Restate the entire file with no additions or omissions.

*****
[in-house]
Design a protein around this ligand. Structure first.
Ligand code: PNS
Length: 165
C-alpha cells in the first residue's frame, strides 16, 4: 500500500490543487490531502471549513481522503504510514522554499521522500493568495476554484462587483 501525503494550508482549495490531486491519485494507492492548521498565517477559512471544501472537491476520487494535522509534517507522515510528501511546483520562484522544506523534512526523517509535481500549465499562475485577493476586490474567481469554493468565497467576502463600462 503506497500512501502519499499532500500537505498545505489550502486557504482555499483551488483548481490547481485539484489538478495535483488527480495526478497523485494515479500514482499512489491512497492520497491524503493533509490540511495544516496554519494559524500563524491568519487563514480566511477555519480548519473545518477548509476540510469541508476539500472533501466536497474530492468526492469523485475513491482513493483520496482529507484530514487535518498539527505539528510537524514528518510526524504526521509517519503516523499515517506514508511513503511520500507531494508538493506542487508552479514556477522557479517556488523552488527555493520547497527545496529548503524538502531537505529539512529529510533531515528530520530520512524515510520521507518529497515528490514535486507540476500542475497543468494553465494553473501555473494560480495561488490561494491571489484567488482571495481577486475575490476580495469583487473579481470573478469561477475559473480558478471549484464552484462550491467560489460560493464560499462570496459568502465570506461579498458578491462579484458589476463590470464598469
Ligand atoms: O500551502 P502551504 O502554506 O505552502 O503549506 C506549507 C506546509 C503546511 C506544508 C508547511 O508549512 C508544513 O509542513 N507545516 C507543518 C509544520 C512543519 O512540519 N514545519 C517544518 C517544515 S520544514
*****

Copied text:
[in-house]
Design a protein around this ligand. Structure first.
Ligand code: PNS
Length: 165
C-alpha cells in the first residue's frame, strides 16, 4: 500500500490543487490531502471549513481522503504510514522554499521522500493568495476554484462587483 501525503494550508482549495490531486491519485494507492492548521498565517477559512471544501472537491476520487494535522509534517507522515510528501511546483520562484522544506523534512526523517509535481500549465499562475485577493476586490474567481469554493468565497467576502463600462 503506497500512501502519499499532500500537505498545505489550502486557504482555499483551488483548481490547481485539484489538478495535483488527480495526478497523485494515479500514482499512489491512497492520497491524503493533509490540511495544516496554519494559524500563524491568519487563514480566511477555519480548519473545518477548509476540510469541508476539500472533501466536497474530492468526492469523485475513491482513493483520496482529507484530514487535518498539527505539528510537524514528518510526524504526521509517519503516523499515517506514508511513503511520500507531494508538493506542487508552479514556477522557479517556488523552488527555493520547497527545496529548503524538502531537505529539512529529510533531515528530520530520512524515510520521507518529497515528490514535486507540476500542475497543468494553465494553473501555473494560480495561488490561494491571489484567488482571495481577486475575490476580495469583487473579481470573478469561477475559473480558478471549484464552484462550491467560489460560493464560499462570496459568502465570506461579498458578491462579484458589476463590470464598469
Ligand atoms: O500551502 P502551504 O502554506 O505552502 O503549506 C506549507 C506546509 C503546511 C506544508 C508547511 O508549512 C508544513 O509542513 N507545516 C507543518 C509544520 C512543519 O512540519 N514545519 C517544518 C517544515 S520544514